Apple Music’s New Spatial Audio & Lossless Audio Explained

Apple Music has announced that, from June, users will get Spatial Audio and Lossless Audio at no extra cost, giving a big boost to sound quality.

Apple Music has announced that subscribers will get access to Spatial Audio with support for Dolby Atmos and Lossless Audio from June at no extra cost. The move is described as Apple Music’s “biggest advancement ever in sound quality” by Oliver Schusser, Apple’s vice president of Apple Music and Beats. It is a further reflection of the intensifying competition between Apple Music and Spotify.

Launched in 2006, Spotify remains the leading audio platform worldwide by some distance, with over 158 million subscribers and 356 million monthly active users listening to a library of over 70 million tracks and over 2.6 million podcasts. Apple Music launched nearly a decade later than Spotify in 2015, but it’s growing quickly and catching up with the Swedish platform. It’s thought to have north of 72 million users and now has slightly more tracks in its library than Spotify. Both platforms have seen updates and new features rolled out in recent weeks and months, as Apple and Spotify each seek to offer the best they can attract and retain subscribers.

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Related: How To Find Your Apple Music Replay Playlists

Apple’s announcement says the update will deliver “industry-leading sound quality.” Spatial Audio, which was introduced towards the end of last year, has the effect of making it sound like audio is coming from all around the listener, with accelerometers in Apple’s AirPods range able to track head movement and adjust the sound accordingly. Lossless Audio, meanwhile, will be available on Apple’s full library of over 75 million songs and means that users will be able to listen to them in near-original quality.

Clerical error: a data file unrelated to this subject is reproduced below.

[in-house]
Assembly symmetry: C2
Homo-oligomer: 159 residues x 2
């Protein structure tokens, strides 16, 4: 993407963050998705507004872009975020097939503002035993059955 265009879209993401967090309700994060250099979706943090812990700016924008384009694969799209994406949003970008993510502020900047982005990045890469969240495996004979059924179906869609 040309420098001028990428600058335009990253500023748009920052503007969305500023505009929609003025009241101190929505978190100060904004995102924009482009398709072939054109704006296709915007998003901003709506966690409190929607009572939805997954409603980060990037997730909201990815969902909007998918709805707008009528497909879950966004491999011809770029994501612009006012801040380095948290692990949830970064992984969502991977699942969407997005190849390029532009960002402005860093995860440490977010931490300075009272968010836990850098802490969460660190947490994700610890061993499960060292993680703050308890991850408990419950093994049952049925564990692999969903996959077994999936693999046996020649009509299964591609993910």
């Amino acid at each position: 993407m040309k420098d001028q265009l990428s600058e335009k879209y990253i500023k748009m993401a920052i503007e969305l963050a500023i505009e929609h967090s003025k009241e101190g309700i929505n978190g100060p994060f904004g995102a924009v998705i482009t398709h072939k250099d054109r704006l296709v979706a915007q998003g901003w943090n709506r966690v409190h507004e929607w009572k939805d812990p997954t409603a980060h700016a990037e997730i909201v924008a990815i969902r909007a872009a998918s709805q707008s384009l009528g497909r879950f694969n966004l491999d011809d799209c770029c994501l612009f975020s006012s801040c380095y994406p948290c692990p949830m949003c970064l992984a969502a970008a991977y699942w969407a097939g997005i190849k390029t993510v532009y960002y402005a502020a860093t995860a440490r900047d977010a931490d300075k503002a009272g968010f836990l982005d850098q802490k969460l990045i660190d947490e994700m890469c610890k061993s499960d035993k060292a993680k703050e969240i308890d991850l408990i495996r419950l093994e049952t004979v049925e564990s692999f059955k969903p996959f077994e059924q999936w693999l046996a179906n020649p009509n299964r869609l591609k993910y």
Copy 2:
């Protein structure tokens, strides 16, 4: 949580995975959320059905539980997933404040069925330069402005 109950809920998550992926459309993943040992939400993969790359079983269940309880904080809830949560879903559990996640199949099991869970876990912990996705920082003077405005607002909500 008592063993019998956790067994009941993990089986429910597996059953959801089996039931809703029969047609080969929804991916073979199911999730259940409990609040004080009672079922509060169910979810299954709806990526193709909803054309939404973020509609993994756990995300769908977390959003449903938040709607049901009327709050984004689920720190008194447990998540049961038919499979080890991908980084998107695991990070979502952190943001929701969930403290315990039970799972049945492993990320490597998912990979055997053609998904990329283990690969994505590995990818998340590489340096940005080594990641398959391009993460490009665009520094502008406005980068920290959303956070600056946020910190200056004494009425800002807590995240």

How To Use Apple Music Spatial Audio & Lossless Audio


The intention of Spatial Audio is to provide a more immersive listening experience to the user than without. Apple Music will automatically play Dolby Atmos-mastered tracks on compatible AirPods and Beats headphones (those with an H1 or W1 chip) and on the latest versions of iPhone, iPad, and Mac. Apple doesn’t give a figure for how many Dolby Atmos tracks are available, but says there will be a badge to distinguish them on album pages, that it will provide curated Dolby Atmos playlists, and that more such tracks will be continually added.


Users can choose when Apple Music should play tracks in Lossless Audio quality. Naturally, being higher quality, it uses more data, so listeners may want to be circumspect about how they use the feature. For those with large or unlimited smartphone data plans, this may be no problem, while others may be better placed using Lossless Audio only when connected to Wi-Fi. To choose their options, users should navigate to Settings > Music > Audio Quality. Once there, they can set different listening qualities for different connection types.

More: Apple Music ‘Behind The Songs’ Lets You Hear From Songwriters & Producers


Source: Apple

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